It’s an exciting time in every woman’s life: becoming pregnant and preparing to be a mother.
This life transition affects more than just the woman and her partner, it affects those around her — whether she realizes it or not. And if she’s a teacher? It affects her students as well.
Whether your child is 6 or 16, a pregnant teacher has an impact in the classroom. As exciting and happy as it is, you need to keep an eye on how it’s impacting your child’s education. For younger kids, the situation may trigger unintended tension around the transition to a maternity leave. For older kids, there may be challenges with consistent teaching and assessment.
Before a pregnancy is announced, there may be stress in the classroom. Think about your own icky feeling in the first trimester — and now imagine trying to manage classrooms full of students while trying to keep lunch in your belly.
Many kids sense something is going on long before anything is said. Your child may suddenly begin to tell you negative things about the classroom or express things about school that either don’t seem logical or are wholly denied if you approach the teacher.
It’s a tricky situation: You need to respect the teacher’s personal life, but you also need to look out for your child.
Preparing for transitions
Once a teacher does announce her pregnancy, there likely will be more verbalized emotions, from excitement to anxiety. If there has been stress in the classroom up until this point, putting a name to it may actually calm things down a little (or a lot) for a while.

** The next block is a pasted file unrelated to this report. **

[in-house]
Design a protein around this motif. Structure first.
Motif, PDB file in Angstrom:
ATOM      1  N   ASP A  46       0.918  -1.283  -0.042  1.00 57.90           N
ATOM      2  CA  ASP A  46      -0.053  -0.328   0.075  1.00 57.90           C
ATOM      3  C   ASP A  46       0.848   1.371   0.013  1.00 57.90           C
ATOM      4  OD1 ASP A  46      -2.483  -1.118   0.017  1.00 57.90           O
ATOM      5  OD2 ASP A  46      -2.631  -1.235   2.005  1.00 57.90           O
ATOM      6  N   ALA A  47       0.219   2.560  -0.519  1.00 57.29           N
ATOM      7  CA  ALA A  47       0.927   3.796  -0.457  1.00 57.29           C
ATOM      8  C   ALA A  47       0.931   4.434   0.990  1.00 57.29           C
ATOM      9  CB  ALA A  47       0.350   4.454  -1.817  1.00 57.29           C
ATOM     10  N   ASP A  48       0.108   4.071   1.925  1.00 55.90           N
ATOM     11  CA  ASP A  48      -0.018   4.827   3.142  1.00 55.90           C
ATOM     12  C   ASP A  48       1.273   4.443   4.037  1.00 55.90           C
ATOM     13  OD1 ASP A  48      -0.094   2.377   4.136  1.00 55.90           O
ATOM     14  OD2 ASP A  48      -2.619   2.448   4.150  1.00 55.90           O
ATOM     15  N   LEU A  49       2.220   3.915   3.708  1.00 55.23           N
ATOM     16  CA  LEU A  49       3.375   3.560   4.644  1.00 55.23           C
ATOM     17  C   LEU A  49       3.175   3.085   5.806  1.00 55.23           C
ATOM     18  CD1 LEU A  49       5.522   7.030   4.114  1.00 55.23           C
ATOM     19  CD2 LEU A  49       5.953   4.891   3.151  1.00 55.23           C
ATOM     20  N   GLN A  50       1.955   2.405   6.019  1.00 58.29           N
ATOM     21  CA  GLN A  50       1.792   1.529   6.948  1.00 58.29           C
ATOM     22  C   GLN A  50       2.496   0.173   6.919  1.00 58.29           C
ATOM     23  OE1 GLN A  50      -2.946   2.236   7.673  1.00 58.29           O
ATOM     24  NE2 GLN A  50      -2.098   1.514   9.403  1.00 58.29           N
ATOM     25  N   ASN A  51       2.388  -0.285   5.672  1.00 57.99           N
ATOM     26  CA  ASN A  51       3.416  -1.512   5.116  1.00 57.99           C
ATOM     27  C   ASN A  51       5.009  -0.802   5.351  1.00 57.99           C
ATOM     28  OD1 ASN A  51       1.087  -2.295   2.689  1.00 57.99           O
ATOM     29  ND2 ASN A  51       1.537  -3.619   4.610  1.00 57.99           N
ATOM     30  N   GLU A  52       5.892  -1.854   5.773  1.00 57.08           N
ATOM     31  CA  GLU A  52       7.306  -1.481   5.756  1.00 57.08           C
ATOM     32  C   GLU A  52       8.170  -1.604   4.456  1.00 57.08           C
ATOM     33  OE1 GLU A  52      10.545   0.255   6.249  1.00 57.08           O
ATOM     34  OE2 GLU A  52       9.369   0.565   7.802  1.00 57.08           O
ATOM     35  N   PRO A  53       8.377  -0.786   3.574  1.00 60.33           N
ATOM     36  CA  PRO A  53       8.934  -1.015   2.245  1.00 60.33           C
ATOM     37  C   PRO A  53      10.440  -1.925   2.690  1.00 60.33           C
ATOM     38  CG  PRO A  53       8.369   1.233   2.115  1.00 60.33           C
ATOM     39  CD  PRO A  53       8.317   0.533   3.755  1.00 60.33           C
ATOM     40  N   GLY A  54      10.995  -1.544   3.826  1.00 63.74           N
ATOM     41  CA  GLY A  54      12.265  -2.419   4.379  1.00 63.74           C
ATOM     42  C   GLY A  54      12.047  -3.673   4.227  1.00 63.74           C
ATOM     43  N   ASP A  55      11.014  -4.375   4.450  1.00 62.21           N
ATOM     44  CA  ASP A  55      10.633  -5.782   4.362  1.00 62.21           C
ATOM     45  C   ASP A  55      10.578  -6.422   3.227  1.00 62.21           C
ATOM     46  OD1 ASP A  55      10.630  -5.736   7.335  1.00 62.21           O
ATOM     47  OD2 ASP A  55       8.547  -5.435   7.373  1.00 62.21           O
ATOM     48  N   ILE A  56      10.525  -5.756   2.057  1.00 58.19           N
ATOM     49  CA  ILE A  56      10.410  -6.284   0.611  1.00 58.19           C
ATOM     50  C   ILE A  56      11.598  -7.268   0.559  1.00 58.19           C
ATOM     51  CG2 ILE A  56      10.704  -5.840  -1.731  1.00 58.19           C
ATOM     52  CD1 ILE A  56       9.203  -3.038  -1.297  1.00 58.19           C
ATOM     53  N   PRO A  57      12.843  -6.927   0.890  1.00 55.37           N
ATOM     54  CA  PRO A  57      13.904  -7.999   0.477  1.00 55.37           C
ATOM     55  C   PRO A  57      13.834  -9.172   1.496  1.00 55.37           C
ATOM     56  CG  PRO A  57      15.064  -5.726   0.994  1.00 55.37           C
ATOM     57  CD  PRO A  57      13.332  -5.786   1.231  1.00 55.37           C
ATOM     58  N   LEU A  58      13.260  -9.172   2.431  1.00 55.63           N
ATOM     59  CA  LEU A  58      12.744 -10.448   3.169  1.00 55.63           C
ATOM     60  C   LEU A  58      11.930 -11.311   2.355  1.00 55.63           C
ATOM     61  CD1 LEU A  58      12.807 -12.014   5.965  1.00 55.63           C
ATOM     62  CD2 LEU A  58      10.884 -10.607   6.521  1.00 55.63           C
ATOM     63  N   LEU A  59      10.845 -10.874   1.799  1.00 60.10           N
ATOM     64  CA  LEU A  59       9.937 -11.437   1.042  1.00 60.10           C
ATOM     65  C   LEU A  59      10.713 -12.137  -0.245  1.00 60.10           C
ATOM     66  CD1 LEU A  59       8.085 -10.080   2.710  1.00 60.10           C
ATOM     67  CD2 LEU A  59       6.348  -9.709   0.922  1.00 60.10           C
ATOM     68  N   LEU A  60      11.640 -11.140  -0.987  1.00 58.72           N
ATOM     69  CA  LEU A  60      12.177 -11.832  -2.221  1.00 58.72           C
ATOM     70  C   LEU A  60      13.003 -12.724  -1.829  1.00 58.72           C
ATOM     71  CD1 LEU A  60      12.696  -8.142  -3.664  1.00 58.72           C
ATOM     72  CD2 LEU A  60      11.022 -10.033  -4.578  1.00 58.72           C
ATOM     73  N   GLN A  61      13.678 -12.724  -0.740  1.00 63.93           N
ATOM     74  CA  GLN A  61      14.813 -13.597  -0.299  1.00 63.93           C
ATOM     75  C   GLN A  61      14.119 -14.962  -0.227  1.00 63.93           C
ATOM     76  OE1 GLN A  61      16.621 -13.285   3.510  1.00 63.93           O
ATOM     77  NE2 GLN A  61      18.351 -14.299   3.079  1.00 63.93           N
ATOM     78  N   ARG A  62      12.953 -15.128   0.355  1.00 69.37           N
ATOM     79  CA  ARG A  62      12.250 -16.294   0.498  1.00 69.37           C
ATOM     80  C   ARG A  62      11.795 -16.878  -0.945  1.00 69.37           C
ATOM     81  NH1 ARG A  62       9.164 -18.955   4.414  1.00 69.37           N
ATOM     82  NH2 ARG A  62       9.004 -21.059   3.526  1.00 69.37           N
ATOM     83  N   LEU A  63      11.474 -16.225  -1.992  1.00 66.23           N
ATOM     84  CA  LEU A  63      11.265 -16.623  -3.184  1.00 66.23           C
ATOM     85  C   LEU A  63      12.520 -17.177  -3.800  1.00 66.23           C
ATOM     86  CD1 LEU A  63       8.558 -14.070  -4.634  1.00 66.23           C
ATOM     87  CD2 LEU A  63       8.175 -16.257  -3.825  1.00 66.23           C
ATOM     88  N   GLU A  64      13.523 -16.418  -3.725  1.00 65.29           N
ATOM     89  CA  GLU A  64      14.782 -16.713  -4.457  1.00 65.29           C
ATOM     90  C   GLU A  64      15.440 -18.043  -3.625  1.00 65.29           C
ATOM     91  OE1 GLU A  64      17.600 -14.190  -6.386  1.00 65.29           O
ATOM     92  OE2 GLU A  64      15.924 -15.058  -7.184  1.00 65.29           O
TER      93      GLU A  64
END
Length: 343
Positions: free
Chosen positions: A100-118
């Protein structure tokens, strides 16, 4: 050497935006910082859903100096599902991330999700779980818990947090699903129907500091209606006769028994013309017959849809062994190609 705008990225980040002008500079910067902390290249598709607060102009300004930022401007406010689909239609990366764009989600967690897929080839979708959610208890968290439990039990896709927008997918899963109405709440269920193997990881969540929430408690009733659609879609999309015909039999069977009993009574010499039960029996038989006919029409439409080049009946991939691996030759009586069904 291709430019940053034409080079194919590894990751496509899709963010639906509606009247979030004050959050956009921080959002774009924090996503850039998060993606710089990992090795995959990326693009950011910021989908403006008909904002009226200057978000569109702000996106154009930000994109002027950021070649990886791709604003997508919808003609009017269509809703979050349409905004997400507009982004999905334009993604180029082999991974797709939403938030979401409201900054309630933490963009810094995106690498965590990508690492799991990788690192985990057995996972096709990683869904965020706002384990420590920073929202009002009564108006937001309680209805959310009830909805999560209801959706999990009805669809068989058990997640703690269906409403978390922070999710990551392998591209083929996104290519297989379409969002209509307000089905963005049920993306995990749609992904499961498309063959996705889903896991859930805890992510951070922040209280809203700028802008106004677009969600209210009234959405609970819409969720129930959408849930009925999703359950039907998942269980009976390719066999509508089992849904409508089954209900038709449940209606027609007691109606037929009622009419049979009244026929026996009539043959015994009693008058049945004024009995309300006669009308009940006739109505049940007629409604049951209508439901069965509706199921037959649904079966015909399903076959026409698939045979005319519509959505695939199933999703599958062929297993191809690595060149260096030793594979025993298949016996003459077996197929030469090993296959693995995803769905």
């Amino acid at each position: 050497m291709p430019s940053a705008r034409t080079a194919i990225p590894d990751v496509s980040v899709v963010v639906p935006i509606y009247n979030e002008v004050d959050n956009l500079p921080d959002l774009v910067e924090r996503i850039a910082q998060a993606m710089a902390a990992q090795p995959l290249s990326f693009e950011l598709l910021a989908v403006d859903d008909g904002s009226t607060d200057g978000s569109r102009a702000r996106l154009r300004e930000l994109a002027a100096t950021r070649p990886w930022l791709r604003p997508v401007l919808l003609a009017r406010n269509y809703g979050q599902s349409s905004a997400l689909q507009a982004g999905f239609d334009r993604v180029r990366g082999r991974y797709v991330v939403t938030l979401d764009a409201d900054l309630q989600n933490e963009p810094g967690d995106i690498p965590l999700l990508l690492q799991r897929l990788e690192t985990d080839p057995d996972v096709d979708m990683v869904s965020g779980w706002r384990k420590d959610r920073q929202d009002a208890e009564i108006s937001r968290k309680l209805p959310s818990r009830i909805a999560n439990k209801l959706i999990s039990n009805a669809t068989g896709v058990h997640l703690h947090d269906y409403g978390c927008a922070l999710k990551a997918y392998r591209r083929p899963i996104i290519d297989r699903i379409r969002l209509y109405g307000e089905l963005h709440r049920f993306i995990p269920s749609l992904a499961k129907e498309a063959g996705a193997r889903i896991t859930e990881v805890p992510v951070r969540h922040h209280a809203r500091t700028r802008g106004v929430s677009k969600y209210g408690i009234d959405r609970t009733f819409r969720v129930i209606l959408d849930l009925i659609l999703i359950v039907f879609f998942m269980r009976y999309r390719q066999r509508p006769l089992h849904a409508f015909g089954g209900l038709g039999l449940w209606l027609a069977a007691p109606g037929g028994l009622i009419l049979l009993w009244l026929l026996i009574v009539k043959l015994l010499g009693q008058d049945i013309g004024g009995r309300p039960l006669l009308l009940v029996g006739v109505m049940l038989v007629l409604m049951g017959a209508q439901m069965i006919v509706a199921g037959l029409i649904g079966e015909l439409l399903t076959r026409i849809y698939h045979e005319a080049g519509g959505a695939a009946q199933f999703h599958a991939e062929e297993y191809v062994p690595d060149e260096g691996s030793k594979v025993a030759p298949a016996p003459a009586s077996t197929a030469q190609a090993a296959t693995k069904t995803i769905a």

Communication is critical. Now is the time for the teacher to start preparing the students and the parents for the next set of transitions as the baby’s arrival nears. Depending on the due date relative to the school year, the teacher and administration should be planning for contingencies. Though everyone may hope it’s unnecessary, that includes contingencies should there be pregnancy complications.
While asking a teacher specific pregnancy questions is off limits, asking about transition plans for the classroom is reasonable — and essential if your child sometimes struggles with transitions. Not only will this help the students, but it may also help the teacher identify areas for which to plan that will make the transition easier for her, too. You can ask:
- When does the school expect the teacher to go on leave, and will there be any planned reduction of time before that?
- Has a long-term substitute been identified, and when and how will a transition to that person begin?
- If the maternity leave is during the middle of the school year, how will the teacher transition back?
- Will the teacher be available for questions during leave? This can be important at the high school level as teenagers’ grades impact college applications and a shift in approach or expectations mid-year affects those grades.
No matter the situation, staying involved and aware is important. Plan regular check-ins with the teacher, the substitute and administration leading up to, during and well after a teacher’s maternity leave. Planning and communicating can help all of you ease the transition and provide a consistent environment for the kids while appropriately celebrating the new life the teacher is bringing into the world.
More on kids and transitions
Helping your child make smooth transitions
Helping your child cope with change
Childcare transitions: Making daycare dropoff easier